Written by Leonor Castro and Nathaniel Day
The Bachelor franchise is infamous for its underrepresentation of Black women. What is seldom talked about, however, is the The Bachelor franchise’s consistent portrayal of Black women as “the aggressor.” On The Bachelor, Black women are often framed as abrasive and confrontational, even when the situation is being perpetuated by another party entirely, or when other women act similarly, yet still never receive those types of edits. The following collection of images highlights the skewed portrayals Black women often receive on The Bachelor, as well as how those portrayals compare to the the show’s white and lighter-complected contestants.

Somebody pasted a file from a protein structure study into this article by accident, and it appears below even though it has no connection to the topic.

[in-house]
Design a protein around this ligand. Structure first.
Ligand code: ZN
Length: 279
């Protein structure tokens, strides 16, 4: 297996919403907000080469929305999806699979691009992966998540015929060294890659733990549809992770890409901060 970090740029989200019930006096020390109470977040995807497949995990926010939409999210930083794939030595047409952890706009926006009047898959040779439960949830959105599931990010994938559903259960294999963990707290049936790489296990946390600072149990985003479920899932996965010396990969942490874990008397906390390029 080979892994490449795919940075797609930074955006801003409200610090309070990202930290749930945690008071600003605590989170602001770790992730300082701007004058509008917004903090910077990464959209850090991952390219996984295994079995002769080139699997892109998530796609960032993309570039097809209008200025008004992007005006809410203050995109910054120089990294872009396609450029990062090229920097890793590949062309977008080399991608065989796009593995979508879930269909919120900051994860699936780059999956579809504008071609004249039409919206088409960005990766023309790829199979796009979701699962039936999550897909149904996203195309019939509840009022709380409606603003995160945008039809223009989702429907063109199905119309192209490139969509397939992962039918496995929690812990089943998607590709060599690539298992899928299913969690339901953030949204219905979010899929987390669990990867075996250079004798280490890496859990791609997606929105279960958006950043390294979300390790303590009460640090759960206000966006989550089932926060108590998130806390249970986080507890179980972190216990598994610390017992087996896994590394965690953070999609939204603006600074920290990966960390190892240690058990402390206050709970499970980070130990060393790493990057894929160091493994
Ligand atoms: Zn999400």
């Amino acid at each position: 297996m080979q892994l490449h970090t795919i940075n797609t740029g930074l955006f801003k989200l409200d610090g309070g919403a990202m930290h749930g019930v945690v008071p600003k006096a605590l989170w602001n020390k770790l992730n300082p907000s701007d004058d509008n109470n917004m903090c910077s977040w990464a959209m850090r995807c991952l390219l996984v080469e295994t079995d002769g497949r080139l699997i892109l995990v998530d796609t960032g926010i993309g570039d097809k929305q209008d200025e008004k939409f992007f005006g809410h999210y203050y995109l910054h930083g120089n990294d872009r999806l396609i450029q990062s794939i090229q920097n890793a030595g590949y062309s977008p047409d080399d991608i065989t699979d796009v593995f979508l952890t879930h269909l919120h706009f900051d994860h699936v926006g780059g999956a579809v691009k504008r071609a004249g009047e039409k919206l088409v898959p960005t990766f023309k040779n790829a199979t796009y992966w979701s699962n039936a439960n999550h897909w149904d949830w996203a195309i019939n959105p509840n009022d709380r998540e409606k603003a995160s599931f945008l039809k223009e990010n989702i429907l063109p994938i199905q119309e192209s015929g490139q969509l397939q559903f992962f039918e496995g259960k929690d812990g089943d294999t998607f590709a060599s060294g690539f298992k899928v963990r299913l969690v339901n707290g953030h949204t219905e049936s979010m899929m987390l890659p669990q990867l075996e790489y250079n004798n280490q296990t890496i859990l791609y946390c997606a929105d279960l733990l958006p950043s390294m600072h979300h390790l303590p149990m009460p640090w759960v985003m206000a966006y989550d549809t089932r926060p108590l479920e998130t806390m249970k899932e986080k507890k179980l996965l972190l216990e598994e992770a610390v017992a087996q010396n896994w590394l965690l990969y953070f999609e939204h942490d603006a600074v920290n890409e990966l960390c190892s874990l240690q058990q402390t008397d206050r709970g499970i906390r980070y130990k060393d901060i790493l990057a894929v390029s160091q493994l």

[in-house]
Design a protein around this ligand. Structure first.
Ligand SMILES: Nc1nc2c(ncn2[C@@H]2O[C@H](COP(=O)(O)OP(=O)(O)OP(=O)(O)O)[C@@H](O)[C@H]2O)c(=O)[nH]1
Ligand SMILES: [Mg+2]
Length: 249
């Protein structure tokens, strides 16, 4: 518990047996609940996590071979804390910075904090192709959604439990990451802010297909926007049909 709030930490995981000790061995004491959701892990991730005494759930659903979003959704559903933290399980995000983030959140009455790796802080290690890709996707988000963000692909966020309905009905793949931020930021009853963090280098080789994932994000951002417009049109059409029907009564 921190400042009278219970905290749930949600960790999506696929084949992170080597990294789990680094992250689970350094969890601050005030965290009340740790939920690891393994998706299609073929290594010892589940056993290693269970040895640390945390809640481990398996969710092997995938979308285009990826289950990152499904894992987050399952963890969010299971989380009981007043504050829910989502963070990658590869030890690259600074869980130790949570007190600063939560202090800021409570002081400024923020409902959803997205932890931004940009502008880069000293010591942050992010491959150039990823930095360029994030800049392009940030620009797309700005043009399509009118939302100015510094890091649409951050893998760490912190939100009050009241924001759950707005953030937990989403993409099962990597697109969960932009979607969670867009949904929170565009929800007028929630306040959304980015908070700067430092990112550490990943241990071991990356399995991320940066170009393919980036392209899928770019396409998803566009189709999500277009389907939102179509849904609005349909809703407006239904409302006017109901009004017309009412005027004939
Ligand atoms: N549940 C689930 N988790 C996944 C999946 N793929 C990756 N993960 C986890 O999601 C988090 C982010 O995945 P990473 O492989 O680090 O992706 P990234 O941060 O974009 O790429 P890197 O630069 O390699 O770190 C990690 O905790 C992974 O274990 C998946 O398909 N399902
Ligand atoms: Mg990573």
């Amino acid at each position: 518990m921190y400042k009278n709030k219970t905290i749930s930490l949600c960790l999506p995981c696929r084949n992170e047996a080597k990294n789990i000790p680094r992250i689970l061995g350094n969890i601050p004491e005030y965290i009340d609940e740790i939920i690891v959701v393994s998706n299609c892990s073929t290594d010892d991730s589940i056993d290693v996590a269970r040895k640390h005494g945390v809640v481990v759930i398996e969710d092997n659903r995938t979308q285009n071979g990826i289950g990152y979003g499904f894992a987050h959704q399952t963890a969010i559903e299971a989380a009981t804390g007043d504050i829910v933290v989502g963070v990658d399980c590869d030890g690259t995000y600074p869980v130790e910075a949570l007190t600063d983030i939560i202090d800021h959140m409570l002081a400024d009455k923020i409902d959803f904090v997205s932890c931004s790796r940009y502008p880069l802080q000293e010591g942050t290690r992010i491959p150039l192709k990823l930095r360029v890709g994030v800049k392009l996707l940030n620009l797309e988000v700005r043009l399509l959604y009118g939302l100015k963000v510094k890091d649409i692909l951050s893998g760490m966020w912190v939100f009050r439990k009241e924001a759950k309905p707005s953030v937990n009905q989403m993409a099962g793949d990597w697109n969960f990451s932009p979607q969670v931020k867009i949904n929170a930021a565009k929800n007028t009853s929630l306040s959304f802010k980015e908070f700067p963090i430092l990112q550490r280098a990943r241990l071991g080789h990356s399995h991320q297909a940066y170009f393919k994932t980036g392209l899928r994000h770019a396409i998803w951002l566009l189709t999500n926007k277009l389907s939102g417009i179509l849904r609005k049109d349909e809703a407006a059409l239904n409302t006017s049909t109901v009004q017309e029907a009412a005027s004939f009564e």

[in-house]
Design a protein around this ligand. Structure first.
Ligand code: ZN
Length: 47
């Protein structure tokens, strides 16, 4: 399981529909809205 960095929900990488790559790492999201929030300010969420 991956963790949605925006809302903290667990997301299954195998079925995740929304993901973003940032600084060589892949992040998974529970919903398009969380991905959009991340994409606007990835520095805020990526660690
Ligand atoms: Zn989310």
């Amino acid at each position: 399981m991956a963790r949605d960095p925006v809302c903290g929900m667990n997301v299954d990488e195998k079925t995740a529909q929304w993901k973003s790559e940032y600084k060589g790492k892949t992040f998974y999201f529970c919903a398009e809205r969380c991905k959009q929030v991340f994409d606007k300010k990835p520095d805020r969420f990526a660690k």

In this cast photo for The Bachelor’s twentieth season, the underrepresentation of Black women as a whole is discernible. Out of all 28 women, only one is a Black woman: Jubilee Sharpe, the woman in the white dress standing to the left of that season’s Bachelor, Ben Higgins. She is automatically and fundamentally “othered” in relation to the rest of the women on the show. This is frequently mirrored in the majority of Bachelor casts, especially in the past. The Black women on the cast infamously leave the show early-on. If they happen to stay longer, however, the ways Black women are treated and portrayed on the show tends to stand out when compared to the non-black contestants, both in terms of how Black women are treated by the other women, as well as the “edit” given to them by production. Actions that are seen as “funny” or “bold” when performed by other white contestants are often interpreted as hostile or overly-assertive when performed by Black women. Blame is continuously put on the women of color for “isolating themselves” from the majority of the cast, when in fact, though it is not always transparent on the show they are often isolated and ostracized based on the judgments made by others about their personalities.